We interviewed Jason Bosley-Smith, winner of the President’s Award at this year’s Research Day for his research poster on using mindfulness-based stress reduction to alleviate emesis, nausea, and food aversion among cancer treatment patients.
1. Can you share some details about your research project and what sparked your interest exploring mindfulness-based stress reduction as a strategy for improving food tolerance and reducing nausea among cancer patients?
The concept for my research design proposal stemmed from recent experiences and coursework in which we investigated the various physiological and psychological effects of mindfulness on various health outcomes. As MBSR is the most clinically studied and standardized form of mindfulness intervention, I decided it would be an ideal modality to examine. From a nutrition perspective, I wanted to explore the potential for a mindfulness intervention to assist a special population. Since MBSR has shown efficacy in subjects (including cancer patients) around anxiety, quality of life and stress response, I examined the potential for MBSR to improve a specific complication with cancer patients during treatment – namely chemotherapy-induced nausea and vomiting (CINV).
2. How would you explain the broader significance of your research?
The primary implication of CINV is that it may results in dose delay or dose reduction for patients. Reducing the dose of medication or delaying the next treatment has been shown to result in greater relapse and increased mortality rates among cancer patients. Evaluating the potential efficacy of MBSR to help reduce CINV may provide a significant benefit to outcomes in cancer patients – not only greater survival rates but also by allowing patients feel better and have better tolerance and appetite so they can take in some healthy nutrition to support their bodies during treatment.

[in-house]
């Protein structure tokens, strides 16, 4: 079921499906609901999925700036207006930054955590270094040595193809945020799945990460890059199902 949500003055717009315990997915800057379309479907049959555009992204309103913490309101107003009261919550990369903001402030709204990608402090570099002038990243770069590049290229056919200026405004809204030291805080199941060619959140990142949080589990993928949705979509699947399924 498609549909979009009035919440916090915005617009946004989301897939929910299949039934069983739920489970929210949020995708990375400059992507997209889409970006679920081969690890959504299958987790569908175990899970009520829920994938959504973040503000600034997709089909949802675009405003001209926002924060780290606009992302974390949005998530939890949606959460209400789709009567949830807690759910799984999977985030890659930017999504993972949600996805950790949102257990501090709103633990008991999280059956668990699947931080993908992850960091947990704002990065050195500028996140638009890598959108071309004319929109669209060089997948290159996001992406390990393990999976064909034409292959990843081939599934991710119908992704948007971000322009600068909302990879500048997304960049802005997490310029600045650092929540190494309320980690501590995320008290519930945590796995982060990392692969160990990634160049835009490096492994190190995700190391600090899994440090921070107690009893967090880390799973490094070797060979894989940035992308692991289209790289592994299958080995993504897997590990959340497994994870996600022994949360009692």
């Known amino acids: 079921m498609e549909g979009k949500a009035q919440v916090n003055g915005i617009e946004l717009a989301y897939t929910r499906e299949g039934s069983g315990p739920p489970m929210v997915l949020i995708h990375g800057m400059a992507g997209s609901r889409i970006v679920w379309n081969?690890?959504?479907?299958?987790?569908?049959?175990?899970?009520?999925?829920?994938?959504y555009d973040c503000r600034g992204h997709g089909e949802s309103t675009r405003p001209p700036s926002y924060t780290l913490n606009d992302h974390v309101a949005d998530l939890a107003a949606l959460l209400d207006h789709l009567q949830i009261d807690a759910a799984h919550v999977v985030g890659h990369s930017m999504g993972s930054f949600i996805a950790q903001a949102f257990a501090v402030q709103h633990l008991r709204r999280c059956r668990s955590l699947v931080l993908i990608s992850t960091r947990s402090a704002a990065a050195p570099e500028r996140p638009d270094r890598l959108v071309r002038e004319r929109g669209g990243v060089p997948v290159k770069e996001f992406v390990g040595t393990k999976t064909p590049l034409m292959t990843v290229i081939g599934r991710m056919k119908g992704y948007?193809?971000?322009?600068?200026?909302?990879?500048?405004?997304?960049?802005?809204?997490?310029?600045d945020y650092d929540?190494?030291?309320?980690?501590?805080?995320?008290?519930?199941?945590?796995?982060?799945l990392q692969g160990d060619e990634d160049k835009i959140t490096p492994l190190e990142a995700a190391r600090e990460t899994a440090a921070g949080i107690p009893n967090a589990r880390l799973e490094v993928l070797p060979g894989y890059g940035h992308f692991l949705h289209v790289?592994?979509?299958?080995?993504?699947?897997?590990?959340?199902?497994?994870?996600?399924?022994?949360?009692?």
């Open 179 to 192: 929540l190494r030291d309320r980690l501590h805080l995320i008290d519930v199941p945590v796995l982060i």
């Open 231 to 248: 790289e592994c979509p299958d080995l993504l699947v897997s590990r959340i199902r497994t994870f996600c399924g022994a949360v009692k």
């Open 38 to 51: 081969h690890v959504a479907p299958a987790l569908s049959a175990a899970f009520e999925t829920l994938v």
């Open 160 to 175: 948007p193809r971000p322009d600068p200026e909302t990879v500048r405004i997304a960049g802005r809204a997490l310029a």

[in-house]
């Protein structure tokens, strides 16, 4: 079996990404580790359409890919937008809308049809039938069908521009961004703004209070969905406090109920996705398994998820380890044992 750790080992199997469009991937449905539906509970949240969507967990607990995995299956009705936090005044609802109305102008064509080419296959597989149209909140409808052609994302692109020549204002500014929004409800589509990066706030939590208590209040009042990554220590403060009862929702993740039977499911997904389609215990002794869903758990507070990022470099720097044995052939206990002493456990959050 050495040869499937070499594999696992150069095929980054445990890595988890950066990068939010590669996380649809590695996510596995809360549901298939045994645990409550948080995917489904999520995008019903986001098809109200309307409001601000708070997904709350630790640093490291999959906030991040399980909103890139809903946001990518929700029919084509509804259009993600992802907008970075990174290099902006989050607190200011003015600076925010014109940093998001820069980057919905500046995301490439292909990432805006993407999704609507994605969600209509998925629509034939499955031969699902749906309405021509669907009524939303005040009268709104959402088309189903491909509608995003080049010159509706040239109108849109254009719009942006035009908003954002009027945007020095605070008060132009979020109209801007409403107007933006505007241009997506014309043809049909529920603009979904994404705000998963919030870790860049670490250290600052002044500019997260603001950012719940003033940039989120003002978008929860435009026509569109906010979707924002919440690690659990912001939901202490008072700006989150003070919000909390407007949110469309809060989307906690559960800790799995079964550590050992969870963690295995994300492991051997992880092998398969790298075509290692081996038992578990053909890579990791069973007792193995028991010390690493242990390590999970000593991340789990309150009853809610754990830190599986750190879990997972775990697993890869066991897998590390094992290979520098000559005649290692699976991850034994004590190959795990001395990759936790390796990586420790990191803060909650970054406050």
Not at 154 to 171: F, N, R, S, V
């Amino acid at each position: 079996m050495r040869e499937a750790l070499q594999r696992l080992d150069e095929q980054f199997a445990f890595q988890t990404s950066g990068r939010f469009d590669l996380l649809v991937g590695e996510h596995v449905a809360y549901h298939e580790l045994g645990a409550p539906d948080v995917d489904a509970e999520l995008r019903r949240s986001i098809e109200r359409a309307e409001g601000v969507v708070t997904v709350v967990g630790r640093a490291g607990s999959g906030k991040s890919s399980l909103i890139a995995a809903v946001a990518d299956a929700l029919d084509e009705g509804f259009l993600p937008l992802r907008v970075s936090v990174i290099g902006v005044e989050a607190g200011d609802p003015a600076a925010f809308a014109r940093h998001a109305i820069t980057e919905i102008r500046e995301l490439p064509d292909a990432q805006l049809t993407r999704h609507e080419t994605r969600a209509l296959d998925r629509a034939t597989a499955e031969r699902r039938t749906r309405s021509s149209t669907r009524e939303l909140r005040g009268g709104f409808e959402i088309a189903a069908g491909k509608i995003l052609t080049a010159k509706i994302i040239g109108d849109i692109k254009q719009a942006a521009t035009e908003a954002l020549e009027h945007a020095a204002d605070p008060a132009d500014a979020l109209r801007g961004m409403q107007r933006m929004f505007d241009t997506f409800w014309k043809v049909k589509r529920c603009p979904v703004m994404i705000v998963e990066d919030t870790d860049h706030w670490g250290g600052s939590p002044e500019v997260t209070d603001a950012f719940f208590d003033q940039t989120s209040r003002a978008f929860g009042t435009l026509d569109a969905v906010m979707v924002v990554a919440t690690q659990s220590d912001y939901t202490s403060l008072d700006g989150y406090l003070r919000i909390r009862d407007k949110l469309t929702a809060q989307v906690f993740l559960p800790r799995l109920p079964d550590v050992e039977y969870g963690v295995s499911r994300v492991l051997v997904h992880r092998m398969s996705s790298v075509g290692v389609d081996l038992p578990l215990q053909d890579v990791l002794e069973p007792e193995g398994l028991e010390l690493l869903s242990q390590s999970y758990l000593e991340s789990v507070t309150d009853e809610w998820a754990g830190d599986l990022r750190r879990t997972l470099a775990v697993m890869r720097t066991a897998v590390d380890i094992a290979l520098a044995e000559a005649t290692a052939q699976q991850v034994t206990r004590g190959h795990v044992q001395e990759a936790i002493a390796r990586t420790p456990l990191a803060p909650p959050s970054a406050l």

3. More generally, as a student in the nutrition program, what are some of your other areas of interest in the field?
One of my current main areas of interest involves Nutrigenomics. Nutrigenomics is a branch of nutritional genomics and is the study of the effects of foods and food constituents on gene expression. In my opinion, as the technology around genetic assessment continues to advance in clinical application, the field of nutrition will undergo a dramatic shift towards personalizing nutritional programming and dietary interventions.
4. Do you have any plans on incorporating MBSR techniques in your work as a clinician after leaving MUIH?
Definitely. I plan on educating clients on its basic principles and am looking to partner with a credentialed MBSR practitioner for referrals and networking. Ideally, my intention is to conduct a case report in collaboration with an MBSR expert with a cancer patient undergoing their primary round of chemotherapy utilizing my research design and examining anxiety/stress response as a primary outcome and reduction of CINV as a secondary outcome.
5. Is there anything else you’d like to add about your research project?
I would encourage students to rely on existing scientific literature and build upon that evidence when pursuing a research design; examine what has been proven to be efficacious and develop a hypothesis based upon this evidence in tandem with an area of health about which they are passionate. Additionally, I would encourage individuals interested in pursuing research to focus on patient-centered outcomes – interventions or research areas that are meaningful to the function and quality of patients’ every day lives.
See the interesting abstracts of all faculty and student Research Day submissions.